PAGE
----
Aug. 9, 2016 — This is the second post in a four-part series exploring how the various generations are preparing for healthcare costs in retirement. In the first installment, we highlighted the plight of baby boomers. This post examines the challenges faced by Generation X, those born between the early 1960s (slight overlap with baby boomers) and early 1980s.
While baby boomers entering retirement are facing realities not encountered by previous generations, the 65 million Americans known as Generation X (GenX or GenXers) may not be any better positioned. A 2015 report by the Transamerica Center for Retirement Studies (TCRS) indicates this group is in “retirement jeopardy.”
The TCRS survey showed that while GenXers have inched closer to retiring, they have grown increasingly less interested in planning for it. Of the surveyed workers, 45 percent prefer not to concern themselves with retirement investing until getting closer to the actual date. In a similar survey by Allianz Life, 46 percent of participants said they’d “just figure it out when I get there.” And 44 percent believe it is “useless to plan for retirement when everything is so uncertain.”
A 2014 study by Weber Shandwick revealed GenXers are addressing their health today by focusing on diet and exercise in order to prepare for later years. Despite their focus on health and wellness, very few have considered how they will finance healthcare after their retirement. In essence, health is a concern, but paying for it is a lesser concern. Survey respondents actually revealed a kind of paralysis because they don’t expect government funded programs such as Medicare will exist when they hit retirement.
Sometimes referred to as the “sandwich generation” (as children of baby boomers and parents of millennials), GenXers are supporting both their kids (with high student loan debt) and parents (who face stagnant Social Security income and potentially costly diseases). In addition, the economic impacts of the 2007‒2008 recession continue to affect their financial behaviors and attitudes toward financial matters. Certainly, they are strapped in the savings landscape.
However, as healthcare expenses continue to rise and as GenX ages, this head-in-the-sand approach to their feelings of uncertainty and futility is a mistake.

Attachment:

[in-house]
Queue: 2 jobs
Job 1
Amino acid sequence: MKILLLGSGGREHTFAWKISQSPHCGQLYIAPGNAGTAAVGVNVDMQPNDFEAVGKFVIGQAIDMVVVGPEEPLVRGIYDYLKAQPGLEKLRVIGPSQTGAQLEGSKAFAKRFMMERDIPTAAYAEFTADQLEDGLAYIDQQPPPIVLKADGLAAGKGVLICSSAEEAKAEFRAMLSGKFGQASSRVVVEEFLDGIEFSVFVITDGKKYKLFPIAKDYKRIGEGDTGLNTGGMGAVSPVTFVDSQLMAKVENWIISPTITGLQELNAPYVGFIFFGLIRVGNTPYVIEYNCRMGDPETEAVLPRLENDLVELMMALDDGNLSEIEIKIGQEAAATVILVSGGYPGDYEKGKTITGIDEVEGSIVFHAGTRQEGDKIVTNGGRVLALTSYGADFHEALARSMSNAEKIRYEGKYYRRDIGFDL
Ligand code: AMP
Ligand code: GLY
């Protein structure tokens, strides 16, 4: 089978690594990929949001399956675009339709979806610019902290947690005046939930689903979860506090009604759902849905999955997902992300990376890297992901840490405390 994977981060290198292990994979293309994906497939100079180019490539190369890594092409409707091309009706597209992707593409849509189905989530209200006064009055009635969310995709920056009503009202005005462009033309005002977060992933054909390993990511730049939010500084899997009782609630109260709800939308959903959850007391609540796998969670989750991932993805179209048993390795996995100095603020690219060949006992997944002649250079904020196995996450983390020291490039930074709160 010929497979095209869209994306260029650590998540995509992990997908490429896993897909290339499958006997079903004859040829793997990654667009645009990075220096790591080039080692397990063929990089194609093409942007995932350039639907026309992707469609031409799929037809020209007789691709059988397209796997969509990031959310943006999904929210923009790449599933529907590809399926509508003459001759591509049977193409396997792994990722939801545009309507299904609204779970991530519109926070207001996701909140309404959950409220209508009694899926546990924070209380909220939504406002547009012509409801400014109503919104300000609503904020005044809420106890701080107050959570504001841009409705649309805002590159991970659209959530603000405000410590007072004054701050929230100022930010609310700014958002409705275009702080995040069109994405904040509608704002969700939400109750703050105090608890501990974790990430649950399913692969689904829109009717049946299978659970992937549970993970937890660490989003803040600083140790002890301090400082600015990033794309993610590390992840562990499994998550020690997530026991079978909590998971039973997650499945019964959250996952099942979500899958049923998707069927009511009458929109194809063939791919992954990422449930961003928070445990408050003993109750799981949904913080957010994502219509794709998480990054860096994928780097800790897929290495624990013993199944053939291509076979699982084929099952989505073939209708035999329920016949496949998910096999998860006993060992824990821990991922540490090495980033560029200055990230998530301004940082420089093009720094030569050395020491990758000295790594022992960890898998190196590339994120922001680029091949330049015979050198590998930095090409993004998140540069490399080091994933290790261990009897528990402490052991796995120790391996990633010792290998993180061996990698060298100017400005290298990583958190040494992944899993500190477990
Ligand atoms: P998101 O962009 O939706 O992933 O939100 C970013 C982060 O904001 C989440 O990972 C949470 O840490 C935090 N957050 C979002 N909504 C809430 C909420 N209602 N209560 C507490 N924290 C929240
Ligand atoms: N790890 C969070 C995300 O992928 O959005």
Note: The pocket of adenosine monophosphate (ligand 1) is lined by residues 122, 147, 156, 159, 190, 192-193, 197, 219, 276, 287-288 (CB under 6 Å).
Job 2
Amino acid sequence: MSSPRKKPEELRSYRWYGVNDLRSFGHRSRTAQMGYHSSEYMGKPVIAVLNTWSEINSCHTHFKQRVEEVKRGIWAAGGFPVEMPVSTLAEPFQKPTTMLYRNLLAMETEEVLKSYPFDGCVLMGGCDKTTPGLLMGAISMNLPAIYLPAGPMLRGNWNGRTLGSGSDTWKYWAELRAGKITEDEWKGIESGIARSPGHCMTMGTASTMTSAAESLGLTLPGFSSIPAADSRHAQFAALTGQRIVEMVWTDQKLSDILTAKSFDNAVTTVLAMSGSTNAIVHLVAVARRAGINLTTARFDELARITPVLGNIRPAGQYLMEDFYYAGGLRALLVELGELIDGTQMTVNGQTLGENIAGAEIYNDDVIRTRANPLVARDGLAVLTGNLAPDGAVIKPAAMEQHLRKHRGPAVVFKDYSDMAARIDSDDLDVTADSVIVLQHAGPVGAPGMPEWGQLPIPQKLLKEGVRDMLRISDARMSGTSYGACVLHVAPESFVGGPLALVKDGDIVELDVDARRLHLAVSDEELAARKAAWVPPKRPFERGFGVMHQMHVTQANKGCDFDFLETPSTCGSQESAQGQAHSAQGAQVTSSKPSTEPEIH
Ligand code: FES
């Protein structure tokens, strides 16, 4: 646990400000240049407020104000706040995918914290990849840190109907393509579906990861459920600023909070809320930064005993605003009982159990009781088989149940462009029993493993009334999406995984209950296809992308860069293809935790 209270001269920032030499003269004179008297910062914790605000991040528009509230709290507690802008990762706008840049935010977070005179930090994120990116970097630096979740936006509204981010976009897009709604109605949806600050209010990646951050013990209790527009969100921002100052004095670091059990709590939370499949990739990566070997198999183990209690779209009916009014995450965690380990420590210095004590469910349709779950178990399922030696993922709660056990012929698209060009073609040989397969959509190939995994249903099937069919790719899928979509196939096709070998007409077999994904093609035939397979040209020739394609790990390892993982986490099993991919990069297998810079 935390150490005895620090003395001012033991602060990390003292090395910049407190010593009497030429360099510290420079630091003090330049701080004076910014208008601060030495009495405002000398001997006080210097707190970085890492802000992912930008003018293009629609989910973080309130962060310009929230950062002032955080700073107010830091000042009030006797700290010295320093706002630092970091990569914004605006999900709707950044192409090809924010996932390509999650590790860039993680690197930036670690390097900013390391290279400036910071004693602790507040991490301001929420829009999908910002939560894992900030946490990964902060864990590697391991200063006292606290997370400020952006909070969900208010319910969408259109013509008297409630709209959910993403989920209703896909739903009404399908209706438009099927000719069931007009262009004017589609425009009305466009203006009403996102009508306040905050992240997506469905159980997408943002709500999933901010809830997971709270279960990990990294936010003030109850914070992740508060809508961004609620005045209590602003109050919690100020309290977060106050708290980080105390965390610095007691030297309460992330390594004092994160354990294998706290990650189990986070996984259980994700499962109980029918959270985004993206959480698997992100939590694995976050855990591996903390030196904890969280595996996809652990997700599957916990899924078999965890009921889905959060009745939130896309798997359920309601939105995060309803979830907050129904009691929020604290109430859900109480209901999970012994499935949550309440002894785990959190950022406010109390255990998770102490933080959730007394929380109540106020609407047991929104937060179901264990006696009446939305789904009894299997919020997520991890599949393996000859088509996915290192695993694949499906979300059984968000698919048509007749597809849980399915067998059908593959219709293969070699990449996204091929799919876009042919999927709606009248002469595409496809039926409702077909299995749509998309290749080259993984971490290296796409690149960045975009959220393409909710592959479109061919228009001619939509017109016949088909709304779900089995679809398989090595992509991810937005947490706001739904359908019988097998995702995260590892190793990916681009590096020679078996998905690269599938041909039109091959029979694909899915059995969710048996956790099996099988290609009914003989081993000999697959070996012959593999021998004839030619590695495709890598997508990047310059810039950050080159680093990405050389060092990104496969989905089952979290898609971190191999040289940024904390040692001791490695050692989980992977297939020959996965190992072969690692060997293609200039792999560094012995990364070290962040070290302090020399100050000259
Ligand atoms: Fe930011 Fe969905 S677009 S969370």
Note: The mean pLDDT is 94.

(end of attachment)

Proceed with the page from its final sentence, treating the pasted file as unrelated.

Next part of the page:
The cost of healthcare in the United States is increasing every year. According to the 2015 Milliman Medical Index, the cost of health care for a typical American family of four covered by an average employer-sponsored preferred provider organization (PPO) plan was $24,671. Healthcare costs for this typical family have more than doubled over the past decade.
Previous generations were able to think about how to spend their “nest egg” when turning 65 and what they’d do with their leisure time. But before they plan their golf trip or Alaskan cruise, Generation X needs to put an eye toward building a foundation for their future nest.
There are options GenXers can consider to prepare for future healthcare costs:
• Start a health savings account (HSA). In addition to tax advantages, an HSA could be an investment option for medical costs in retirement and might be useful in paying bills or for long-term care.
• Buy a long-term policy. This may be a better option to paying for long-term care. The HSACenter.com savings comparison chart shows the pros and cons of different savings vehicles.
• Rethink Medicare plans when retiring. At age 65, most people are automatically enrolled in Medicare, with hospital insurance (Part A), medical insurance (Part B) and prescription coverage (Part D). But it doesn’t cover everything, and participants are subject to deductibles and co-pays. Retirees may decide to receive all their healthcare services through a provider organization under Part C, known as Medicare Advantage. Determine which is a financially better option.